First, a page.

As usual, Joe Buck did a fine job. But Tim McCarver? First of all, why do you even need an analyst on an All-Star game? It's not like there's any strategy in these affairs. No one has bunted since 1946. So what we're left with is incessant yammering about nothing and vital statistics like Guerrero "has the most RBI's and home runs for any player who changed teams." WOW!!!!
Kudos to Atlanta's Brian McCann, named the MVP for his bases-clearing game-winning double. Chris Rose from Fox handled the postgame interviews and proved to be as good at it and prepared as Melissa Rivers at the Oscars. Chris to Brian McCann: "So in 1996 you were like three. What do you remember about that game?" A) What three-year-old remembers an All-Star game? and B) McCann said he was eight. Undaunted, Melissa asked him where his big hit ranks in his career? What's the answer to that? Ninth. No wait, eleventh. Fortunately, they cut away before Ms. Rivers could ask if he still bit his nails?
Fox is so committed to baseball they ran a promo proclaiming, "It's time to get back to FOOTBALL -- The NFL on Fox".
Does anybody in their right mind keep score of an All-Star game?
I love Derek Jeter. In tribute to Bob Sheppard, the longtime Yankees P.A. announcer who passed away Sunday at 99, he used Sheppard's introduction of him whenever he came to bat. And will continue to for the rest of his career. Unlike "the Boss," when you say wonderful things about Bob Sheppard, you mean them.
The All-Star game is the only time a member of the San Diego Padres is ever on national television... even though they're leading their division.
For the first five innings I thought I was watching the World Cup. 0-0. Zzzzzz.
How utterly insipid was that "Head, shoulders, knees, and toes" feature Fox ran when Vladimir Guerrero was up at bat? This is the fucking All-Star Game, not Dora the Explorer!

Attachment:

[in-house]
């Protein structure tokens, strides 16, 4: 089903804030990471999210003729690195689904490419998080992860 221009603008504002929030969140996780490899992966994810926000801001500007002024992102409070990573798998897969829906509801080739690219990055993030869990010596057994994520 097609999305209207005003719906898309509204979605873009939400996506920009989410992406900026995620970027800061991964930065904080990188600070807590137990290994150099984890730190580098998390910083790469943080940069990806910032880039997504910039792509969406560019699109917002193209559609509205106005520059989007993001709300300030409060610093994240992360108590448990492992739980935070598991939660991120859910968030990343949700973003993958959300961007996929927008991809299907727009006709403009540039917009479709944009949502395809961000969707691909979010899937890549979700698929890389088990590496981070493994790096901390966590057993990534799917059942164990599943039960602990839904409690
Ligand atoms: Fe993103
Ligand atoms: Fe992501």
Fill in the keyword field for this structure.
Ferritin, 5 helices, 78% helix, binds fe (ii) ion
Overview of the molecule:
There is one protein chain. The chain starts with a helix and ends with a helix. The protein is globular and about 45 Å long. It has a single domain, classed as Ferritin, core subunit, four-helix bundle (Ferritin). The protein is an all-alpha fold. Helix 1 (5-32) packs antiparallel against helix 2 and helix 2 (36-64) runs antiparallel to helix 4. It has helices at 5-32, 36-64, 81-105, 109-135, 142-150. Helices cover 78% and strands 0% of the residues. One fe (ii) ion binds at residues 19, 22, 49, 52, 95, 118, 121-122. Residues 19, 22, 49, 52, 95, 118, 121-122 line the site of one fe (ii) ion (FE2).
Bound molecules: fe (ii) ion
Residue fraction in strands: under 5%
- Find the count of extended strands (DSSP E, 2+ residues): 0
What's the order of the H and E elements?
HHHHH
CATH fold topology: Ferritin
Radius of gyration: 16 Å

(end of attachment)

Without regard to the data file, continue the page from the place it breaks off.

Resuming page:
Here's what I'd really like to see in an All-Star game -- a benches clearing brawl. Would guys get suspended from future All-Star games? Would Yankees and Red Sox start wailing on each other even though they're on the same team?
Some real "Diamond Gems." A terrific diving catch by Ryan Braun (who statistically is an even worse outfielder than Manny Ramirez and he ranks below Betty White), and a heads-up play by Marlon Byrd to turn a single into a force out in the 9th inning.
At least there is defense in a baseball All-Star game. Were it played like its NBA counterpart (or in Colorado) the final score would be 69-58.
During one commercial break Fox segued from an ad for Walt Disney into one for Las Vegas.
The All-Star Game is a lot like the Academy Awards. It never lives up to the hype, you don't recognize half the stars, the interviews are inane, and it's usually too long, but every year you gotta be there. See you next summer in Arizona (unless they move it because of Senate Bill 1070. Or, like the Angels, they can play the game in San Francisco and just say it's Arizona.)